Thank you for sharing!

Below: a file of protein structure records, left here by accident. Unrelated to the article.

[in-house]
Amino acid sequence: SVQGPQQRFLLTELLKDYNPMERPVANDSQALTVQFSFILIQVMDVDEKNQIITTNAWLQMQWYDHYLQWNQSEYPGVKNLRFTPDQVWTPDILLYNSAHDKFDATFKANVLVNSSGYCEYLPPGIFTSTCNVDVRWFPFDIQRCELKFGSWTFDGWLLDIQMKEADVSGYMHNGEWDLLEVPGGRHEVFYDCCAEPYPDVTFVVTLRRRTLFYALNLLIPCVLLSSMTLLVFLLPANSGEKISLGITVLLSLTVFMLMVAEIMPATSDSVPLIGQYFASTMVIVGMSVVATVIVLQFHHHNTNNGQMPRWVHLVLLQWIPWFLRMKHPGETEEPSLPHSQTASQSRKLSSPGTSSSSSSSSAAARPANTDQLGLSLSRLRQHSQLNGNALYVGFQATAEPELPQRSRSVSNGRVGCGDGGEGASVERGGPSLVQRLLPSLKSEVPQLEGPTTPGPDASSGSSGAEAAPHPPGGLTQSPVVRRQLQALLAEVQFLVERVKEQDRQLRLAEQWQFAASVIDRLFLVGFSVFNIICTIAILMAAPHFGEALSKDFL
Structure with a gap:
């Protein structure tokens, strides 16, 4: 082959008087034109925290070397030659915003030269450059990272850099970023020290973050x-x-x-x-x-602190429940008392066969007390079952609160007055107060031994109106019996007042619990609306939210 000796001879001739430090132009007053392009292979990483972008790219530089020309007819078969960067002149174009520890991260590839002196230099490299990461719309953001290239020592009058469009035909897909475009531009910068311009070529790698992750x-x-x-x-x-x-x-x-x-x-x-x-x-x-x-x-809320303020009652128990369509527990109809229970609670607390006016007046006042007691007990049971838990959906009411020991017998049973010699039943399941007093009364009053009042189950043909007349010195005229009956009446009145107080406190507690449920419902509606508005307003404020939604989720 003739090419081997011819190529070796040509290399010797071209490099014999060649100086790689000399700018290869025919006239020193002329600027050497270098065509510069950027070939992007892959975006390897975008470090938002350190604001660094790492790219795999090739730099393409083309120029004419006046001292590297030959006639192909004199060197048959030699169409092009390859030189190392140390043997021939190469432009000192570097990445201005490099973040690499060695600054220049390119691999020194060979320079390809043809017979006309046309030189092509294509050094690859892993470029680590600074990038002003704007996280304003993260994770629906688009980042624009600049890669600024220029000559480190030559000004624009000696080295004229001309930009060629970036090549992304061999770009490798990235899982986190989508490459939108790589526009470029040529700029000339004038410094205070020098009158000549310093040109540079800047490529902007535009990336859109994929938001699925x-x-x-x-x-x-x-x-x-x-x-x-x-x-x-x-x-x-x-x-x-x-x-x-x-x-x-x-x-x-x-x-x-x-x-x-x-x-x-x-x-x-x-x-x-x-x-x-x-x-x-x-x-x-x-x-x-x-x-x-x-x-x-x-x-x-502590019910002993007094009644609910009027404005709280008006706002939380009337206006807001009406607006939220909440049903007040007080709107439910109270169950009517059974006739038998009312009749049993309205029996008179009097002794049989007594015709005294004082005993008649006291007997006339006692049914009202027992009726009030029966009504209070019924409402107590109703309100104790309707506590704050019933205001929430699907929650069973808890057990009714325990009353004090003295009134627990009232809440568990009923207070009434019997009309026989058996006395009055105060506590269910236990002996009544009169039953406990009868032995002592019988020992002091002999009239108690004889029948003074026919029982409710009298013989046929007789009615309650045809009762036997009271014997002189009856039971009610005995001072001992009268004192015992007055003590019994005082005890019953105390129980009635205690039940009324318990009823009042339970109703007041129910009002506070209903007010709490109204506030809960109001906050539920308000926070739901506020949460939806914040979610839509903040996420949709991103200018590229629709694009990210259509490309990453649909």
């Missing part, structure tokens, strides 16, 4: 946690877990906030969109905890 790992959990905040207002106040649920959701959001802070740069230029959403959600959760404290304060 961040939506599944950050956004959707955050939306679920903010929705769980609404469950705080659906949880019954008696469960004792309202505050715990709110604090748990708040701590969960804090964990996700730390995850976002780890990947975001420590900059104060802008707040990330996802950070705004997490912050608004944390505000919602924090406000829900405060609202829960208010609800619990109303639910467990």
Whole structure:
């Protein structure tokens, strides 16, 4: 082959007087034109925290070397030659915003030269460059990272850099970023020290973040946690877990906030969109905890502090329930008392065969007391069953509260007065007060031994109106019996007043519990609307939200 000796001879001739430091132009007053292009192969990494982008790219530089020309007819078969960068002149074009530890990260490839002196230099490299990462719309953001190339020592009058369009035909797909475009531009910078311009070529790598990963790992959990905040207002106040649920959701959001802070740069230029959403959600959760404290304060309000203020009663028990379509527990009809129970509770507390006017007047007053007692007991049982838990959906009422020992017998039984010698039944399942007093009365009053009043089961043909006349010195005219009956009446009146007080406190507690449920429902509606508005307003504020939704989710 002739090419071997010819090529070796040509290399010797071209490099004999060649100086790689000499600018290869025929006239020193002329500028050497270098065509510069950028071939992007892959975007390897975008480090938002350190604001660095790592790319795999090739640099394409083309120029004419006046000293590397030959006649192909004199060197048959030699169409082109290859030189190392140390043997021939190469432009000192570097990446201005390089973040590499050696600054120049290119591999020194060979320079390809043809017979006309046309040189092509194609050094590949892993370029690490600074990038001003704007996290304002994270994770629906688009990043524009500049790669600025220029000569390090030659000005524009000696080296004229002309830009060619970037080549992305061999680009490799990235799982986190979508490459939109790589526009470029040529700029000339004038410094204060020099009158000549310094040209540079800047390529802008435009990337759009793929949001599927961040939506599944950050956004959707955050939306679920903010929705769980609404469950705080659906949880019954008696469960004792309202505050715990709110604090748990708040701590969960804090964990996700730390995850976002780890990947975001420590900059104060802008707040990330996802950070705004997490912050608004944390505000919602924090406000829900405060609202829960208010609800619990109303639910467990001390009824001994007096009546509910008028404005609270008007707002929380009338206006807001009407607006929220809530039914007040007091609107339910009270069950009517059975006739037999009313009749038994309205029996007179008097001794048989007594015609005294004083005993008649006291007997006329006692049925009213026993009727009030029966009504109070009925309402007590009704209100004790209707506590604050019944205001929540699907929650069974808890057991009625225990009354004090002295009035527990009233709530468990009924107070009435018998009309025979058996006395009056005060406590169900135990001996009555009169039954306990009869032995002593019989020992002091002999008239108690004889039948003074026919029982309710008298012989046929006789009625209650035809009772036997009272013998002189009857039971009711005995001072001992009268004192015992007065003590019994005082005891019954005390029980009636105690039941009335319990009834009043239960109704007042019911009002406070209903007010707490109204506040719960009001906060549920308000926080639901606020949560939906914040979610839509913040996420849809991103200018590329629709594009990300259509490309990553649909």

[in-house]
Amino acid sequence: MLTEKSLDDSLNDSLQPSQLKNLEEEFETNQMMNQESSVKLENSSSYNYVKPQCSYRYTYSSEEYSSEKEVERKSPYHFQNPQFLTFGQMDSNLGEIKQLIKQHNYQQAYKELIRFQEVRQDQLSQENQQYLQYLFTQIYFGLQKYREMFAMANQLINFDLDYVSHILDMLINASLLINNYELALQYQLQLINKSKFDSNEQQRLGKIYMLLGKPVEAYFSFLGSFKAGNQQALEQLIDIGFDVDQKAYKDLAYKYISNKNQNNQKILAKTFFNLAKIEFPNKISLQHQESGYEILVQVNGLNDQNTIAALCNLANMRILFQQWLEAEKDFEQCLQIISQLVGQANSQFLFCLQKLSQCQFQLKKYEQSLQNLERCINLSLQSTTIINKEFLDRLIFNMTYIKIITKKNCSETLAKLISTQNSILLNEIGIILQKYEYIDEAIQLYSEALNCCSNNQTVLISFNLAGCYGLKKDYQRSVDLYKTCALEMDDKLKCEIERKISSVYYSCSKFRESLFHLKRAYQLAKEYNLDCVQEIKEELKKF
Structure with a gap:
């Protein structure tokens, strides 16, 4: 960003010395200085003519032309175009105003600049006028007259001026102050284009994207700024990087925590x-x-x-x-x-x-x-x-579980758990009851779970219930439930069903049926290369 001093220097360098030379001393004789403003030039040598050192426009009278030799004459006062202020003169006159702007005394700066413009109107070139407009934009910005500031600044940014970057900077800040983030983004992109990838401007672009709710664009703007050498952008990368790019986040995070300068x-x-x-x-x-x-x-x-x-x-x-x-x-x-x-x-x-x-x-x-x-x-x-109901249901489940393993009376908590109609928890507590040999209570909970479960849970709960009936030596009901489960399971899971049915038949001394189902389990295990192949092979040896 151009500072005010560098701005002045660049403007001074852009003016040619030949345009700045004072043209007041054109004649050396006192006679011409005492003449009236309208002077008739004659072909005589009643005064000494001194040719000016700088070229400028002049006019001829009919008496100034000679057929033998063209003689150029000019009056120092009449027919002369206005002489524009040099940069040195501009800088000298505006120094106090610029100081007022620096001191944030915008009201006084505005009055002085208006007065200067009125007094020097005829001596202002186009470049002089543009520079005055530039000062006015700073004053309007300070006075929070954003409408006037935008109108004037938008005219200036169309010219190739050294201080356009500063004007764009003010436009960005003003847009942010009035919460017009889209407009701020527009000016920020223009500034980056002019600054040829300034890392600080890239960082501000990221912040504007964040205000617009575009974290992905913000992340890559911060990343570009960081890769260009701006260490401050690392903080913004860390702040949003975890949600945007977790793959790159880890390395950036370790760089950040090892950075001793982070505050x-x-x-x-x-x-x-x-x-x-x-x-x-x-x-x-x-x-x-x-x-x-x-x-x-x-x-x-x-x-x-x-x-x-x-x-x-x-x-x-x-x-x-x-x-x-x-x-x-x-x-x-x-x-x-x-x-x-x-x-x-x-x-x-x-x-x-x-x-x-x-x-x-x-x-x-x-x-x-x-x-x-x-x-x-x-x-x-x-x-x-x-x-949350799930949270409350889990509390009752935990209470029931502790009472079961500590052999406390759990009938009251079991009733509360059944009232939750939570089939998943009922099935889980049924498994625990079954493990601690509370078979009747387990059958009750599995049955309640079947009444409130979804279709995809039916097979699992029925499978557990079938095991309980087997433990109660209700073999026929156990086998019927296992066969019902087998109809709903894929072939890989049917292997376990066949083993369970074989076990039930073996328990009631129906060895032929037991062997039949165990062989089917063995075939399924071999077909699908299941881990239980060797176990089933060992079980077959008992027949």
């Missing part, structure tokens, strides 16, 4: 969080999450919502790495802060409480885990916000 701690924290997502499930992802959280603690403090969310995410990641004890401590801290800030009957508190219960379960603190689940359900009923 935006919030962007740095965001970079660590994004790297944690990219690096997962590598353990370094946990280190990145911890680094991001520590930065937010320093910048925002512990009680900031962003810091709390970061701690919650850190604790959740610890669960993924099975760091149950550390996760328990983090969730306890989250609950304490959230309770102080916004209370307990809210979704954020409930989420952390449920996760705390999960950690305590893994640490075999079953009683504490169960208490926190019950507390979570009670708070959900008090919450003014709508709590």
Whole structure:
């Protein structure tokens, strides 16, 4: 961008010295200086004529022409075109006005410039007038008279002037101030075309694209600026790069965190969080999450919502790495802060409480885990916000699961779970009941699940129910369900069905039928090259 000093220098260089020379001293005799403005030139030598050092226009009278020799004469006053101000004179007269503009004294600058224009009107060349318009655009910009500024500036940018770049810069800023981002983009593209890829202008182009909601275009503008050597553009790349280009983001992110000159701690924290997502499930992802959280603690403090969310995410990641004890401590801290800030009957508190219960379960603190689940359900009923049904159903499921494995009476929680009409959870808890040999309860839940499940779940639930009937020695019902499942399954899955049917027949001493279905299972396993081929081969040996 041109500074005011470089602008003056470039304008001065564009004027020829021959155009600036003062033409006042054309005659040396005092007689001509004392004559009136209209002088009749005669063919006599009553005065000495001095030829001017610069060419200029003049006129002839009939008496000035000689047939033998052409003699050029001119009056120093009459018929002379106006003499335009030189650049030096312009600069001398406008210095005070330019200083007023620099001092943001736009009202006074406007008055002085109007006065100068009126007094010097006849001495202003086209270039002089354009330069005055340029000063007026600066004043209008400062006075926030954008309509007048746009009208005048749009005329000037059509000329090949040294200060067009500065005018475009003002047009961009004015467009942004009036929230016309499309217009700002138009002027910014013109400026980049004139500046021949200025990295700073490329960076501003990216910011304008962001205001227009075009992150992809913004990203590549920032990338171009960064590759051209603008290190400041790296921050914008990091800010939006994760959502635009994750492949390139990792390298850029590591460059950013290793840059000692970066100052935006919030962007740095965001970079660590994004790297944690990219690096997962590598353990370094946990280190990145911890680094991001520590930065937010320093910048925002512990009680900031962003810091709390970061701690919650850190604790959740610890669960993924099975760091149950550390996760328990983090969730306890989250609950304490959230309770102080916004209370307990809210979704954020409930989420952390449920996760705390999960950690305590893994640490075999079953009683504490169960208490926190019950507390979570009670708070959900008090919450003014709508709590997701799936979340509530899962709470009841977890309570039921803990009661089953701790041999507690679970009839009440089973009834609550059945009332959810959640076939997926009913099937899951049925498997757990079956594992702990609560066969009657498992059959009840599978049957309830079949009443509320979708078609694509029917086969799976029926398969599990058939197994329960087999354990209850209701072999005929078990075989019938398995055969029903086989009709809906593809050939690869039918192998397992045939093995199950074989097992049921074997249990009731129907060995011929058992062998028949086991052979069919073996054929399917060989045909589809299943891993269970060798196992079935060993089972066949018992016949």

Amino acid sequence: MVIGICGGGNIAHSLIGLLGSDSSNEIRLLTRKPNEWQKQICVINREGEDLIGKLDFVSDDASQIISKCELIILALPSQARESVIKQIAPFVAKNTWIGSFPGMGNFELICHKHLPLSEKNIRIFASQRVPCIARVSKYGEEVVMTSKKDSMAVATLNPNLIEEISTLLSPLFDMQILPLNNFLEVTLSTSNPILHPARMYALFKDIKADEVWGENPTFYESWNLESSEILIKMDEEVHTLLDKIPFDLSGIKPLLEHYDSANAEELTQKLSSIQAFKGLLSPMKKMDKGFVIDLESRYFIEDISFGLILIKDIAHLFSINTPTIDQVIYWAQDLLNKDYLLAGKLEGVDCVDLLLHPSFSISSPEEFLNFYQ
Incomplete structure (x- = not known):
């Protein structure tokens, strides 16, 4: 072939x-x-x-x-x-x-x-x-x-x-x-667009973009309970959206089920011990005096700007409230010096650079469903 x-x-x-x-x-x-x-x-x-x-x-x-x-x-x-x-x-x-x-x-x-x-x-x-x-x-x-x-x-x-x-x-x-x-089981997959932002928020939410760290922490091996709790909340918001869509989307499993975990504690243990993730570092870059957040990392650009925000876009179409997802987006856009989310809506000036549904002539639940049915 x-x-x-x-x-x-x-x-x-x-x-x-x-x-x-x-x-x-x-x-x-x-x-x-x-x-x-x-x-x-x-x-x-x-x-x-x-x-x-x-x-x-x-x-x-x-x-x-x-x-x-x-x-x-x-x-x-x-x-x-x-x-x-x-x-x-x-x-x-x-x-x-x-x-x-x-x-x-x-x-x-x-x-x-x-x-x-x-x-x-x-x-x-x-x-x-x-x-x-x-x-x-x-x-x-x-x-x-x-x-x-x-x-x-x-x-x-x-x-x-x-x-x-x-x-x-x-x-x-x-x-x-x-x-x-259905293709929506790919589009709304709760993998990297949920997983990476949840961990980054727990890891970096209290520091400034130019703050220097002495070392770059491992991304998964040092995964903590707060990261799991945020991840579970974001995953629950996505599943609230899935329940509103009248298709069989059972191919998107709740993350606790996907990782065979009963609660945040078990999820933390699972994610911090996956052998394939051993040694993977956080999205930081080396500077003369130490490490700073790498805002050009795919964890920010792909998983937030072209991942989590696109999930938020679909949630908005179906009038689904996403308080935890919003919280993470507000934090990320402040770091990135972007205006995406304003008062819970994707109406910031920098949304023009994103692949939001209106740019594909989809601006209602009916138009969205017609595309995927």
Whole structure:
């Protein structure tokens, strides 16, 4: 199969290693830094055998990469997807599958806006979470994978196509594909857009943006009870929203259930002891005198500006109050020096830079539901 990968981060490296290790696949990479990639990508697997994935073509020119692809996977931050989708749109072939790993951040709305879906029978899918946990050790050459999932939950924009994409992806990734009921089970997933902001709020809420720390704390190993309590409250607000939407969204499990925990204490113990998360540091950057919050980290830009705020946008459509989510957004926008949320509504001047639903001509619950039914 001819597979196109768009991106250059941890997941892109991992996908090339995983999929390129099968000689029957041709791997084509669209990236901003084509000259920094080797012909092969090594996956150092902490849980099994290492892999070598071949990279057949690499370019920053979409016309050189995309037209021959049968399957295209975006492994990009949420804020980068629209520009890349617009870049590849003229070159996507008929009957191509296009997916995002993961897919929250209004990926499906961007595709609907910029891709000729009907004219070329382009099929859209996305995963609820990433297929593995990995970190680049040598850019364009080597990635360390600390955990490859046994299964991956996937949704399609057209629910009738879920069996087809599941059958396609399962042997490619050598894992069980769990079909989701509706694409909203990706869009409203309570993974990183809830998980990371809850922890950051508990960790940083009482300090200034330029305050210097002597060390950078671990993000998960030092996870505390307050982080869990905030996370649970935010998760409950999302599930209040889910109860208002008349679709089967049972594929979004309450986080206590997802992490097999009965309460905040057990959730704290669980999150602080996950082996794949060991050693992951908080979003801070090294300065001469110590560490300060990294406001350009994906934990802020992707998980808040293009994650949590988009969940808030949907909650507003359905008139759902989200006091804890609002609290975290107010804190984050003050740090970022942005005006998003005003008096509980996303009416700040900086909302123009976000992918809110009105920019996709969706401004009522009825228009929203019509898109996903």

Your article was successfully shared with the contacts you provided.